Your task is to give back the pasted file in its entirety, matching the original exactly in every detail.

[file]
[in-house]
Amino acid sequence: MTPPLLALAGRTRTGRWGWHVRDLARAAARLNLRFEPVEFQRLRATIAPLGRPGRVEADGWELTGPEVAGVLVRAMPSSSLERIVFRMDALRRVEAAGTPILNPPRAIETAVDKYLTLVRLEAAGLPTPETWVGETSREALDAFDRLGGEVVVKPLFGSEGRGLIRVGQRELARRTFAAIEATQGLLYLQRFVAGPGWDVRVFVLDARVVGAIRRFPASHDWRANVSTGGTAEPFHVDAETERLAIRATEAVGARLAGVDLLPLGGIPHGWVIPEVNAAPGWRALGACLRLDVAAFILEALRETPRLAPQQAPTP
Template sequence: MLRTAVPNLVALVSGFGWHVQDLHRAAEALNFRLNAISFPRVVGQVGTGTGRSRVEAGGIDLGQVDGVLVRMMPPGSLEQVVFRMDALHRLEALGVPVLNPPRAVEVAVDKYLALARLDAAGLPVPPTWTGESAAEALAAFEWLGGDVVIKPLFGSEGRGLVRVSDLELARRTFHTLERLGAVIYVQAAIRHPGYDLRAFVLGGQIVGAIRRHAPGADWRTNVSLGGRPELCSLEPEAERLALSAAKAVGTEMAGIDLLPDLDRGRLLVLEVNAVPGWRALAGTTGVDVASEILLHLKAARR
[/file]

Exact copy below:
[in-house]
Amino acid sequence: MTPPLLALAGRTRTGRWGWHVRDLARAAARLNLRFEPVEFQRLRATIAPLGRPGRVEADGWELTGPEVAGVLVRAMPSSSLERIVFRMDALRRVEAAGTPILNPPRAIETAVDKYLTLVRLEAAGLPTPETWVGETSREALDAFDRLGGEVVVKPLFGSEGRGLIRVGQRELARRTFAAIEATQGLLYLQRFVAGPGWDVRVFVLDARVVGAIRRFPASHDWRANVSTGGTAEPFHVDAETERLAIRATEAVGARLAGVDLLPLGGIPHGWVIPEVNAAPGWRALGACLRLDVAAFILEALRETPRLAPQQAPTP
Template sequence: MLRTAVPNLVALVSGFGWHVQDLHRAAEALNFRLNAISFPRVVGQVGTGTGRSRVEAGGIDLGQVDGVLVRMMPPGSLEQVVFRMDALHRLEALGVPVLNPPRAVEVAVDKYLALARLDAAGLPVPPTWTGESAAEALAAFEWLGGDVVIKPLFGSEGRGLVRVSDLELARRTFHTLERLGAVIYVQAAIRHPGYDLRAFVLGGQIVGAIRRHAPGADWRTNVSLGGRPELCSLEPEAERLALSAAKAVGTEMAGIDLLPDLDRGRLLVLEVNAVPGWRALAGTTGVDVASEILLHLKAARR